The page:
There’s a theory that consciousness itself begins with story.  Stories are how we make sense of the world.  All of us have an internal story that we have told ourselves from the time we were very young.  We constantly revise this story as we get older, honing and sharpening it to a fine point.  Sometimes, when we encounter something in our lives, or do something that does not match up with that story, we may experience a great sense of dissonance. It can feel as if you’ve lost a piece of yourself.  It can feel like an attack on who you are, when the real world doesn’t match your story.

This idea of stories—both the stories that society wants us to believe about ourselves and the stories about ourselves that we make up on our own—this becomes a recurring theme throughout The Light Brigade.  It’s also been a recurring theme in my personal life these last few years.

It strikes me as a very writerly way of looking at the world. But it’s also, I think, a scientist’s way of seeing things.  Much of The Light Brigade, and especially the section quoted above, reminded me of Isaac Asimov’s classic essay “The Relativity of Wrong.”

[…] when people thought the earth was flat, they were wrong.  When people thought the earth was spherical, they were wrong. But if you think that thinking the earth is spherical is just as wrong as thinking the earth is flat, then your view is wronger than both of them put together.

In a similar way, the stories we tell ourselves about who we are, what we stand for, and what our purpose is in this world—these stories are imperfect descriptions of reality.  And that’s okay.  It doesn’t mean these stories are entirely false or that they have no value.  It just means some stories are more accurate then others.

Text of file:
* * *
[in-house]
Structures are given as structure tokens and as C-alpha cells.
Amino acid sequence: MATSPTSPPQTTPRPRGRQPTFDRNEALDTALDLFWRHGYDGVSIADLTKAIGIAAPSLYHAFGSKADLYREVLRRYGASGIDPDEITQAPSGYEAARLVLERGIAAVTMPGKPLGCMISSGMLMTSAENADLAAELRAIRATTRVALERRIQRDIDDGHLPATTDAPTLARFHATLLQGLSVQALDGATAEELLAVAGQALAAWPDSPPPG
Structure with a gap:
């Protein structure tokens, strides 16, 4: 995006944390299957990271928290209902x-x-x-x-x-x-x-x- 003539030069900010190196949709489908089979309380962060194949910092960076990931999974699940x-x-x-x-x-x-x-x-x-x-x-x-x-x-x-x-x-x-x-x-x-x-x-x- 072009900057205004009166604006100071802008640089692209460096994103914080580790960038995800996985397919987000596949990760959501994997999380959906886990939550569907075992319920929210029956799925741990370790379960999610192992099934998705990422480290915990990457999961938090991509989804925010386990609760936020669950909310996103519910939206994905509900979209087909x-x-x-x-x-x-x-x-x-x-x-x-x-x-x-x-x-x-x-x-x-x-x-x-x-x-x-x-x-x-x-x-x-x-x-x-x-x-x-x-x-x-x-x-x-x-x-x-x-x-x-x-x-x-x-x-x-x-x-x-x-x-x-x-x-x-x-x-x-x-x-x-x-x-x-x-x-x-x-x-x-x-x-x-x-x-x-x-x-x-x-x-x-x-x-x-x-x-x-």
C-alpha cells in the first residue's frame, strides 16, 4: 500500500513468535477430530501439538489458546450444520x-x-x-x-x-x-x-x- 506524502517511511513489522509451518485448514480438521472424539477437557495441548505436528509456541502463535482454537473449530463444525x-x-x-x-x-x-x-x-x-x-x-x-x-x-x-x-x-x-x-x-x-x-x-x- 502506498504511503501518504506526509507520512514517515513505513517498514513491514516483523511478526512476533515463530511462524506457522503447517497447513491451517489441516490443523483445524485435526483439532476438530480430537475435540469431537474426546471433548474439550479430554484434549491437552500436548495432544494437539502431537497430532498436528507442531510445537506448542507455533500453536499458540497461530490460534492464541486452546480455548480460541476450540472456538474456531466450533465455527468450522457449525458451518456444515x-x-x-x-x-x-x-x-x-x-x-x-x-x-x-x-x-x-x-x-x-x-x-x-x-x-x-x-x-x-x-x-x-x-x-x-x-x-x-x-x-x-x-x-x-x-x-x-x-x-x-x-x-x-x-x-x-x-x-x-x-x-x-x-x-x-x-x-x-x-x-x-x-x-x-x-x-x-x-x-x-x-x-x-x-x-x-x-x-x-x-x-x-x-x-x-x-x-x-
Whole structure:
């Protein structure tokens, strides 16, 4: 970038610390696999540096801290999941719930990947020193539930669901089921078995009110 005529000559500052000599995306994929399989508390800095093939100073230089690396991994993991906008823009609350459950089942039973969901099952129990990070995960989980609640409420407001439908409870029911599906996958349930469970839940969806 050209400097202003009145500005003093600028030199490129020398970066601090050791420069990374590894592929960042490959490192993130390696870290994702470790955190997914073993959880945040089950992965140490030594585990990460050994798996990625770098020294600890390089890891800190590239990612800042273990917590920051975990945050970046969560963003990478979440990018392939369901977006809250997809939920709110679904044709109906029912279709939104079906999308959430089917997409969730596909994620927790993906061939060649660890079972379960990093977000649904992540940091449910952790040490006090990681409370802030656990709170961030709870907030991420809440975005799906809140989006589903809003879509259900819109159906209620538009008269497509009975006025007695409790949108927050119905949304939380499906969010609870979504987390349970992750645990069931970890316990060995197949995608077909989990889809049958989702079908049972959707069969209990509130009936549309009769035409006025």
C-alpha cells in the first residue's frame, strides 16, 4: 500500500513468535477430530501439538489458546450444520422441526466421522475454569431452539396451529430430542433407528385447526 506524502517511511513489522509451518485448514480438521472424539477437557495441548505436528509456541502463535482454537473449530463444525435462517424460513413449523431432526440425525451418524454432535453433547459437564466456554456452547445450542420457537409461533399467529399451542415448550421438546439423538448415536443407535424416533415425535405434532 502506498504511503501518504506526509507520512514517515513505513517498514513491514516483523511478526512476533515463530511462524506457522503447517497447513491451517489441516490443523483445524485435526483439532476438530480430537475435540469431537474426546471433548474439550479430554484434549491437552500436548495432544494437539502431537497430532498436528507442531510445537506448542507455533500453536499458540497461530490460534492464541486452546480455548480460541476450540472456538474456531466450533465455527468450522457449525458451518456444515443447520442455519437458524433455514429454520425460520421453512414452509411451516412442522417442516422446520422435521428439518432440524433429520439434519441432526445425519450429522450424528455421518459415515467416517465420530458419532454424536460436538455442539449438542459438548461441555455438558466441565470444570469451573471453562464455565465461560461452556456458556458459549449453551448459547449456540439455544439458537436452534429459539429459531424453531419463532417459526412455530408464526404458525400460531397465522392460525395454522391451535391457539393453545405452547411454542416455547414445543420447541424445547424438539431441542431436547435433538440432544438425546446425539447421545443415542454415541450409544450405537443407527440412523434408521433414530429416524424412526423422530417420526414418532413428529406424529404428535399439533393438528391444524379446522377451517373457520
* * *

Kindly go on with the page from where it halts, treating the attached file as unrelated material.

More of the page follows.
All we can hope for is that our stories are as close to the truth as possible.

Photons and Ice Cream

How can light be a particle and a wave?  I have no freaking idea.  This has perplexed scientists for generations now, but experiment after experiment have proven it is true.  Somehow, the individual photons that make up light are particles sometimes and waves others, depending on how you look at them.  Even weirder, sometimes photons seem to have the properties of both particles and waves at the same time.

Asimov

A few years ago, I read a simple analogy that makes particle-wave duality a little easier to understand.  This comes to us courtesy of Isaac Asimov’s book Atom: Journey Across the Subatomic Cosmos.

Asimov asks us how we might describe an empty ice cream cone (other than disappointing).  Is it a triangle or a circle?  Somehow, it appears to be both.  When observed from one perspective, it’s clearly a triangle; from another, it’s obviously circular.  And sometimes, if viewed under certain special circumstances, the ice cream cone appears to exhibit properties of both a triangle and a circle at the same time!

I had planned to include a picture of an ice cream cone here, but it mysteriously disappeared. Such strange things are known to happen in quantum physics.

Of course, light’s dual nature is far more complicated than that of an ice cream cone.  Our limited, human minds may never learn how to visualize photons doing their quantum voodoo particle-wave thing, but the ice cream analogy might make this bizarre concept a little easier to digest.

P.S.: A few years ago, I wrote a review of Atom: Journey Across the Subatomic Cosmos.  If you have any interest in learning about science, this book is a must read.  I cannot emphasize enough that it is the best book on science I have ever encountered.